“Being able to utilize my art background and put it into my career is a blessing,” Gallegos said. “I want to continue my work on an even greater scale and impact the industry in such a beautiful way.”
One way Gallegos believes he is impacting show business for the better is by “crushing” gender stereotypes.
“The industry can be very particular. People try to put you in a box or a certain category of what we’re capable of,” Gallegos said.
Working as a dancer for Grande has given Gallegos an opportunity to publicly break out of that set mold. For Grande’s Sweetener tour, Gallegos was asked to play a “more feminine role” and dance in heels alongside the females.
“In this particular job it doesn’t feel like I’m just dancing but doing my part to change the world,” Gallegos said, adding that representing the LGBQT community is much bigger than himself. “I’m not the first to do something similar but I am continuing the momentum.”
After finishing the U.S. and Canadian portions of the Sweetener tour in August, Gallegos and the dancers will spend two months touring Europe. Although Gallegos said constant traveling and almost nightly shows can “definitely feel tiring,” he said he loves hanging out and chatting with the 12 other dancers on the tour bus. Between shows, Gallegos said the dancers get out and explore whatever area they are in, going to staple restaurants, the mall or a beach.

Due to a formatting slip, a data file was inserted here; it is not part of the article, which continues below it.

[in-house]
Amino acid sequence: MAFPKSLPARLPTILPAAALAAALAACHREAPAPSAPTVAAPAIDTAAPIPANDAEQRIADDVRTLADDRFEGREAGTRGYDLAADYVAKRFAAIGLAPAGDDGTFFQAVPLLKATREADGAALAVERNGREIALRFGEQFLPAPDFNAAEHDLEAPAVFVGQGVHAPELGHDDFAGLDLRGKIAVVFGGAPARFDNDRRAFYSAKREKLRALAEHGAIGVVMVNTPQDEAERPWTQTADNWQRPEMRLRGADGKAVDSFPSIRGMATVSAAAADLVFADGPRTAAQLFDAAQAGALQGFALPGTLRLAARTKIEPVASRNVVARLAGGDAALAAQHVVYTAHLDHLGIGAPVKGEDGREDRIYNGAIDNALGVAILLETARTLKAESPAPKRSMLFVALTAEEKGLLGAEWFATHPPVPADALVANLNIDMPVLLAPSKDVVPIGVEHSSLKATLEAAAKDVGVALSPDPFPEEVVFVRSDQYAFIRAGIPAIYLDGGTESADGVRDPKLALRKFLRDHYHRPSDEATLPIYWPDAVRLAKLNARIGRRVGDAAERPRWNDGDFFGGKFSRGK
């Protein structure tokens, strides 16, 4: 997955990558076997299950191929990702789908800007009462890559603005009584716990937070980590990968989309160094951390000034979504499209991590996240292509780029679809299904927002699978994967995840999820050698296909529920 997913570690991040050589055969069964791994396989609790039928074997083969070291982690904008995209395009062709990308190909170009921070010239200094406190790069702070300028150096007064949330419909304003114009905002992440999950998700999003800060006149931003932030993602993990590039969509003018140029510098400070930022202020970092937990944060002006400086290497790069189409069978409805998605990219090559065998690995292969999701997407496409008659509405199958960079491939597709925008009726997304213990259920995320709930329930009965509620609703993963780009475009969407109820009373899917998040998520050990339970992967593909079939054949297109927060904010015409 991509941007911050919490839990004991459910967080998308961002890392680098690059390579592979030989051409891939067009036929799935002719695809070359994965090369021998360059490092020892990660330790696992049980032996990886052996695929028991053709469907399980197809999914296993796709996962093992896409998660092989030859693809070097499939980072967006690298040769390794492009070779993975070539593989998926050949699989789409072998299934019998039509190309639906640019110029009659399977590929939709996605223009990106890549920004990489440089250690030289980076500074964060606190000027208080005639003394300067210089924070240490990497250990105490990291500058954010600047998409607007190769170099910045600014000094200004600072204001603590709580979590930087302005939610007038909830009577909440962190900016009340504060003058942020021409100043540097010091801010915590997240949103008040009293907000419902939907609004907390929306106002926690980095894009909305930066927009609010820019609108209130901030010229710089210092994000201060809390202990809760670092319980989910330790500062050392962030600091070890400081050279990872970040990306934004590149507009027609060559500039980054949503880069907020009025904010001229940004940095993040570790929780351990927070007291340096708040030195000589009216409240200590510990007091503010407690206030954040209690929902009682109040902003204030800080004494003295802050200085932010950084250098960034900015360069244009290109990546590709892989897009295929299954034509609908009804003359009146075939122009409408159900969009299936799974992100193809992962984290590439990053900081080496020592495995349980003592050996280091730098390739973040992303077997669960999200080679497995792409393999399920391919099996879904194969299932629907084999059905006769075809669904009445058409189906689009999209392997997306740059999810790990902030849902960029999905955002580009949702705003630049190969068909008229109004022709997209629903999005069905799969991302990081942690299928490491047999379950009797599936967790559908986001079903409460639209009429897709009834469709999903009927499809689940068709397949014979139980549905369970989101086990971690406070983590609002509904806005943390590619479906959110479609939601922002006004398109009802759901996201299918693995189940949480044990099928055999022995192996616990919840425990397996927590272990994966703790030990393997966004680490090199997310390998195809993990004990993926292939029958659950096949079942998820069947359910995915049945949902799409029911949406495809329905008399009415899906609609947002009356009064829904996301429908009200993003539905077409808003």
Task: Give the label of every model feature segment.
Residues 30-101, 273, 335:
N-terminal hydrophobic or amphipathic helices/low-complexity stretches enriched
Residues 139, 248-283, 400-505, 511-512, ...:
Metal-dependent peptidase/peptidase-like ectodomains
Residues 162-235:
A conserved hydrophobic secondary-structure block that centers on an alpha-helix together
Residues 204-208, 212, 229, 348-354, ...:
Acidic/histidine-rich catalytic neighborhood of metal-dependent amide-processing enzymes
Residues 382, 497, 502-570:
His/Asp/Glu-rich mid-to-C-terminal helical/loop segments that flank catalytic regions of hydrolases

Phoenix was one of the first stops on the tour, and Gallegos took advantage of the proximity to Flagstaff, driving up with all the dancers to introduce them to his grandparents.
“It really just depends on the year and what project I’m working on that really allows me to go back home,” Gallegos said, adding that he makes sure he is always in town for the winter holidays and tries as much as he can to visit during summer and his free time.
“Flagstaff will always have my heart; it was such an incredible place to grow up, with all the art community and how open the town is makes for a brilliant place to be,” Gallegos added.
Gallegos admitted that while he got much of his technical dance experience from schools, most of his personal dance influence came from partying in Flagstaff as a teen.
“Since Flagstaff is such a college town, I’d go to all the parties and dance with everyone,” he said, adding that he was able to meet with tons of diverse people and pick up tidbits from their styles.
When back in town, the “little bar scene at Monte V” is his favorite, he said. “If a really good song comes on, you can definitely catch me on the dance floor.”
Although Gallegos cherishes his time home, he said traveling has opened his eyes and expanded his creative influences.
“Art is like a pallet of colors and wherever you travel you take a color with you and you add it to your pallet. The way that you paint your world is so based of off the colors that you have,” Gallegos said. “And that’s really how I see my world – my world is very colorful and it’s very bright and there’s a lot of texture and a lot of shades.”